Bryant’s biography included another critical element: in 2003, he was arrested and charged with sexual assault. The criminal case was dropped after Bryant’s accuser refused to testify in court. A civil suit ended with a settlement. Bryant issued a statement of apology, which read in part: “After months of reviewing discovery, listening to her attorney, and even her testimony in person, I now understand how she feels that she did not consent to this encounter.”
The case failed to derail Bryant’s career, and by the time he retired, it tended to be mentioned reluctantly, if at all, in assessments of his legacy. In the era before #MeToo, an NBA superstar could commute between games and court appearances without apparent consequence.
Bryant was the son of former NBA player Joe “Jellybean” Bryant and Pamela Bryant. He spent part of his childhood in Italy, where his father played professionally and where he learned both the language and a love of soccer. The family eventually settled outside Philadelphia, where Bryant grew into a phenom.
He was self-confident, and solitary, which disarmed teammates. At the 1998 All-Star Game in New York, Bryant, then 19, went right at Jordan in what was a clear generational shift. After Jordan retired from the Bulls, the Lakers of Shaq and Kobe won three straight NBA titles, from 2000 to 2002. Bryant and O’Neal had an inevitable falling-out: not even L.A.’s sprawl could contain those two alpha egos. When, in 2004, O’Neal was traded to Miami, many blamed Bryant, painted as a selfish ball hog and whose reputation was tainted by his criminal case.
Bryant chose to embrace the role of villain, creating the Mamba Mentality pop philosophy. It was an approach to life that required extreme focus, discipline and enthusiasm for taking on all comers. Magic Johnson’s perpetual smile didn’t fit Bryant’s style. Like Jordan, Bryant embraced brutal honesty and could be cruel to underperforming teammates.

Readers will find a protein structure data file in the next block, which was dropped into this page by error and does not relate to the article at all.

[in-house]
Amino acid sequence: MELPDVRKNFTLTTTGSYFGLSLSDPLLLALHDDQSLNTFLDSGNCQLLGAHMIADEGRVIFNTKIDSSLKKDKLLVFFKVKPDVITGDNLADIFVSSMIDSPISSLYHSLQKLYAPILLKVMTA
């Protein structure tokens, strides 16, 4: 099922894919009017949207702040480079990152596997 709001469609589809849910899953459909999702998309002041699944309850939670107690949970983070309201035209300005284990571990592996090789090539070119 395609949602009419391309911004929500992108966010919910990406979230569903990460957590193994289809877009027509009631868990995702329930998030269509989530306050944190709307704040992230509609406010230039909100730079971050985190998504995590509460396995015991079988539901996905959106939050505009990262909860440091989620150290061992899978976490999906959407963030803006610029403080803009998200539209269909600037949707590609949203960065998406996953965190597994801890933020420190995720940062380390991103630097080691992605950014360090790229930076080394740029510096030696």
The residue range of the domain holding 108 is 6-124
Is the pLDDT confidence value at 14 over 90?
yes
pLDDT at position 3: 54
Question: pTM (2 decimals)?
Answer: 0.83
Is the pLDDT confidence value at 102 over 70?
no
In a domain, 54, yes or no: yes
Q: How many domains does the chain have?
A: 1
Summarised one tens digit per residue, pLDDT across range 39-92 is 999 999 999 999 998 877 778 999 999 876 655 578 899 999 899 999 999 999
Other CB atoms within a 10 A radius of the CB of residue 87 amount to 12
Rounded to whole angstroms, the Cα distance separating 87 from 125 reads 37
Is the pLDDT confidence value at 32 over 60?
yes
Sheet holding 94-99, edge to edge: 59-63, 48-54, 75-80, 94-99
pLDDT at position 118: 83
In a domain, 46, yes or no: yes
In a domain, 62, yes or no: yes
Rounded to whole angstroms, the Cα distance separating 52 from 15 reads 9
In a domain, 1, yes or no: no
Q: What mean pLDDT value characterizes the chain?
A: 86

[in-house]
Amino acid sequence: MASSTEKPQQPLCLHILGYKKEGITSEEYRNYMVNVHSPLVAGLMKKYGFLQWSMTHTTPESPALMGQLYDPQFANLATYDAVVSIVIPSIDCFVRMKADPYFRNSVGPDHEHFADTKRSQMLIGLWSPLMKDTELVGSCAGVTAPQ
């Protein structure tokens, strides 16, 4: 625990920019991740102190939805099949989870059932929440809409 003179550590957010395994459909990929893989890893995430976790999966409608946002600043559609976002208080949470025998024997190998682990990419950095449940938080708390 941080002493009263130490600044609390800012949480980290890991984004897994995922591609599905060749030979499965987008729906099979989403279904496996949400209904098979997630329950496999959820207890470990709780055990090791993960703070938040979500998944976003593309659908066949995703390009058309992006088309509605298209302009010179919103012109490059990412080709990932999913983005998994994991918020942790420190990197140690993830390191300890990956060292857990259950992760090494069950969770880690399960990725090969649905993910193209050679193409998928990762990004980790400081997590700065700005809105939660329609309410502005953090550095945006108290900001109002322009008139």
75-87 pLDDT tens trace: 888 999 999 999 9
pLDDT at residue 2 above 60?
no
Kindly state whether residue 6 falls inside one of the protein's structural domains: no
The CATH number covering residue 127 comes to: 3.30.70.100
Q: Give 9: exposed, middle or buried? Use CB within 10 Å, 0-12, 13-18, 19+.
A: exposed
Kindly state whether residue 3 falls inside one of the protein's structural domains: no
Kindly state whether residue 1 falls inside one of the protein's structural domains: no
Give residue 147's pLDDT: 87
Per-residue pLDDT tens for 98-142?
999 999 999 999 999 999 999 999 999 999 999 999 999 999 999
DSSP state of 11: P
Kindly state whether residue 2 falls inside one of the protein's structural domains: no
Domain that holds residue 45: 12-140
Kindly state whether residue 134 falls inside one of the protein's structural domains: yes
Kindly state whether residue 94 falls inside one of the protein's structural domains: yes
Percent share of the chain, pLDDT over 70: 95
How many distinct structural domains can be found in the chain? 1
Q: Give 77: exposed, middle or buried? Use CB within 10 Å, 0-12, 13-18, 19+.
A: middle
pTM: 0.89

The Lakers suffered some down years in the mid-aughts, but Bryant’s displays of individual excellence continued to make noise. In 2006, he scored 81 points in a game, the second highest point total in league history. Around that time Jerry Colangelo, the head of USA Basketball, told Bryant that if he wanted to play for his first Olympic team, he’d have to serve primarily as a passer, not a shooter. Bryant, though surprised, still promised Colangelo he’d do whatever was needed to bring a gold medal back to the U.S. Winning was always paramount. Colangelo was testing Bryant; the pair then shared a laugh, knowing that asking Bryant not to score was like asking a dog not to bark.
At an early training camp for those Beijing Olympics, Bryant arrived in the weight room before 6 a.m. Younger superstars like James and Dwyane Wade, according to Colangelo, learned to follow Bryant’s example. In China, where Bryant first hosted a clinic in 1998, hordes of people would greet the U.S. team bus. “They didn’t want to see us,” says Colangelo. “They wanted to see Kobe. They just kept chanting, ‘Kobe! Kobe! Kobe!'” The U.S. won gold in Beijing.
A Lakers renaissance followed. Los Angeles won back-to-back titles in 2009 and 2010, and Bryant was MVP of both finals. He continued to produce, but injuries plagued the last few years of his career. The 2015–2016 goodbye season served as both farewell and affirmation of his basketball greatness. In a full Mamba showing that was replayed on national television, in prime time, a day after his death, Bryant scored 60 points, on 50 shots, at the Staples Center in the final game of his career.
Rather than jump to TV or hawk products after his playing days, Bryant embraced the clean slate. He dedicated time to his venture-capital firm, created a musical podcast for children and won his Oscar for “Dear Basketball,” an animated film based on the poem he used to announce the end of his playing career. In addition to supporting women’s sports–Bryant was a regular presence at and cheerleader for the WNBA and U.S. women’s national soccer and gymnastics teams, among others–he became a devoted coach for his own daughters. He embraced the role, telling Jimmy Kimmel that his goal was to give the girls “a foundation of the amount of work and preparation that it takes to be excellent.”
“We lost a big advocate for women’s sports,” soccer icon Mia Hamm tells TIME. “But we’re all inspired by his belief in equality, and it’s our job to continue to move forward.”
She is among the many who believed Bryant’s best was ahead of him, which only added to the despair over his death. When athletes hang up their uniforms, they’re supposed to return to mortal life and age with the rest of us. They show up at ceremonies, hair a little more salty but the applause as raucous as ever. “I had a brother killed in Korea and honestly,” says West, “it affected me in the same way.”
The NBA’s silhouette logo is modeled after West in his playing days. A petition to change it to Bryant’s likeness has since received close to 3 million signatures.
–With reporting by Andrew R. Chow/New York
This appears in the February 10, 2020 issue of TIME.